"I wish my wallet came with free refills!"
Retirement has been called the Golden Years, the Eternal Saturday, and the Final Chapter. Personally I don't think any of those labels apply anymore. The retirement your grandfather desired probably consisted mostly of sitting on the front porch in his rocking chair, watching the world go by. While you are likely looking forward to time spent relaxing, the retirements of today are dramatically different and usually much more active than the retirements of yesteryear.
In fact, many people simply have no idea how they will actually spend their time when they stop working. The questions begin to swirl again. What if I'm bored? What will I spend time doing? What if my spouse gets sick of me hanging around the house? Once I get my list of projects done, what will I do next? What if I end up wishing I hadn't quit my job? Can I afford to do the things I actually want to do?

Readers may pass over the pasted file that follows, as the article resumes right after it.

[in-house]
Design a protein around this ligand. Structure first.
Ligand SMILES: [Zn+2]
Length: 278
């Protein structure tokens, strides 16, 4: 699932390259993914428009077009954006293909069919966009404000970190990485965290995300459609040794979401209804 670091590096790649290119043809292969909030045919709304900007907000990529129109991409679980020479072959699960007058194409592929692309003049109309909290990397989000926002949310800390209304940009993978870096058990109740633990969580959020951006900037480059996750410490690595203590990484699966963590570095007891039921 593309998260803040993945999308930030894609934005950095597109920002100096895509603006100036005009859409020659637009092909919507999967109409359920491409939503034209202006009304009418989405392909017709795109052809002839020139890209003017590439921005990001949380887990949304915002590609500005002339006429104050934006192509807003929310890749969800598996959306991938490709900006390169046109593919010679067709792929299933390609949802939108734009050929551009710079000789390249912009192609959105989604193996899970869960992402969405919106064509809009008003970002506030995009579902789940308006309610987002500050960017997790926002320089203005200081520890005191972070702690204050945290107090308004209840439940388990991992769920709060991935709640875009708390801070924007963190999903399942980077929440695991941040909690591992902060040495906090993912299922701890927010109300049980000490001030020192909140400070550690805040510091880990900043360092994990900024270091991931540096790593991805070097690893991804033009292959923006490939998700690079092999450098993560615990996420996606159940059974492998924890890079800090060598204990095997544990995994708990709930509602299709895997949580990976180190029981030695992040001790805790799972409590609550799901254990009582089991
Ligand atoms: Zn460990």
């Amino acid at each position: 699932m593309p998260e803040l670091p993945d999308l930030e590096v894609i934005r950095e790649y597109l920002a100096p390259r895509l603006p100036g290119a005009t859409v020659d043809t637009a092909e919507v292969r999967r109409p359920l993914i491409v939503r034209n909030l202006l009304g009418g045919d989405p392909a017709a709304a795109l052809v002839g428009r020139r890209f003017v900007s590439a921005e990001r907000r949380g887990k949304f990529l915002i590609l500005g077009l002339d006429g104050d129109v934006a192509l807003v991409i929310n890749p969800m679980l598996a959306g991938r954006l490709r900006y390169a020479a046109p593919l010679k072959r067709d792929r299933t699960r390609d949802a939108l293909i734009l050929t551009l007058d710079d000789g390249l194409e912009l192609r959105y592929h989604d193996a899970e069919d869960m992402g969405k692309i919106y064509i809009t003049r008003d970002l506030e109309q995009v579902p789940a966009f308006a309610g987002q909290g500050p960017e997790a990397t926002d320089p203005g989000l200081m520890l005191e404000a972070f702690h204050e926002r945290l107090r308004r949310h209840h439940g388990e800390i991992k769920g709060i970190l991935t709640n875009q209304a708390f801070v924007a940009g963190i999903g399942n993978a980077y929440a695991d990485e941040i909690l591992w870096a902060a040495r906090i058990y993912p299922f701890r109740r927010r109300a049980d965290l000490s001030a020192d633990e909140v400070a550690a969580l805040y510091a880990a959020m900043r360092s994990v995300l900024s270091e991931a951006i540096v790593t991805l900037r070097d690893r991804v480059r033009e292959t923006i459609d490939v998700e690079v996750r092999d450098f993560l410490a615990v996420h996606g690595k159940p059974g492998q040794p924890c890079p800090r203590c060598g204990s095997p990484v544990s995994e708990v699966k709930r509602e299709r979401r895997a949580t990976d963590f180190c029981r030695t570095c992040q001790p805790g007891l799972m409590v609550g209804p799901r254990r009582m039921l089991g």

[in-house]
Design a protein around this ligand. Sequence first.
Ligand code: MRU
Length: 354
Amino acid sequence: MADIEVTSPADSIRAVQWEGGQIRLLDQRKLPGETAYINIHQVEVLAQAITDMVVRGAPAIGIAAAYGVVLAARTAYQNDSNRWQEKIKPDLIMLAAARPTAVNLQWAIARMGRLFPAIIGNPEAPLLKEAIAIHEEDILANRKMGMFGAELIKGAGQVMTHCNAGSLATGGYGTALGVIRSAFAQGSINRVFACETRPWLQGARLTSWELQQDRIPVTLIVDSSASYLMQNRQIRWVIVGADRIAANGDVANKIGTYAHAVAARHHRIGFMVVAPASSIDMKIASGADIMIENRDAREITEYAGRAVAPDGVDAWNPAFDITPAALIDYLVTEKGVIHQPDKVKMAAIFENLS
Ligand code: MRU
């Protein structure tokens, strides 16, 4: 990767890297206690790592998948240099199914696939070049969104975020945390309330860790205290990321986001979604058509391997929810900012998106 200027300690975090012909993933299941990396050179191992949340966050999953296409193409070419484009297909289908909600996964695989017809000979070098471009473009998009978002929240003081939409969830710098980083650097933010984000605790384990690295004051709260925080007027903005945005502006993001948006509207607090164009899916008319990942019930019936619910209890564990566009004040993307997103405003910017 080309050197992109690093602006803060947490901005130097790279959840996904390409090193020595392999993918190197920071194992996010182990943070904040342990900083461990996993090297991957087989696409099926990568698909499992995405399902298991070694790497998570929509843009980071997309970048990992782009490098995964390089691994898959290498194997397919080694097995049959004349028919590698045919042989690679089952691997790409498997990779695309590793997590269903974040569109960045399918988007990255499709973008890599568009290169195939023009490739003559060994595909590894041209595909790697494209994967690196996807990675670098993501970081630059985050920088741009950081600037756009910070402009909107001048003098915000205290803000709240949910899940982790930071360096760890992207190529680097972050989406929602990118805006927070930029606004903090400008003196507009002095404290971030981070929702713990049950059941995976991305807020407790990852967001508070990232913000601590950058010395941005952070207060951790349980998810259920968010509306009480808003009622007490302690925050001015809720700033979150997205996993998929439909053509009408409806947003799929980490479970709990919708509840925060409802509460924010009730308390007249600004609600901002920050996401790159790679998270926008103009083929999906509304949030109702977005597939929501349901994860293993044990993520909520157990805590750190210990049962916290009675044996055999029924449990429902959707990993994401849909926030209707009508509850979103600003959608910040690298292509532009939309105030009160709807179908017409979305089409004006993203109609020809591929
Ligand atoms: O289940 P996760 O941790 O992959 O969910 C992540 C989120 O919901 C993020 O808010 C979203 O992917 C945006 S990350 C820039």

Let me share Helen's story with you. Helen spent her career as a distinguished college professor in the upper Midwest, teaching art history to young talented minds. Her love of both the old masters and contemporary artists created a learning environment for her students that inspired amazing work. She had spent time during her academic years creating her own art, but it was always sandwiched in when time allowed between her teaching job and raising a family.
When Helen was contemplating retirement, we spent time visiting about what really mattered to her. She discovered that she had a dual desire: to create beauty in the world, and to help the less fortunate living in third-world countries. Helen had saved around $500,000 in retirement accounts, and I was able to help her design a strategy to include funding for both desires in her retirement plan. We allotted a set amount for studio space, gallery and show fees, and painting supplies, so she could create new art to brighten the world. We also included funds designated for charitable giving and travel expenses in her annual budget during the first five years of her retirement, so Helen could contribute to helping those in need.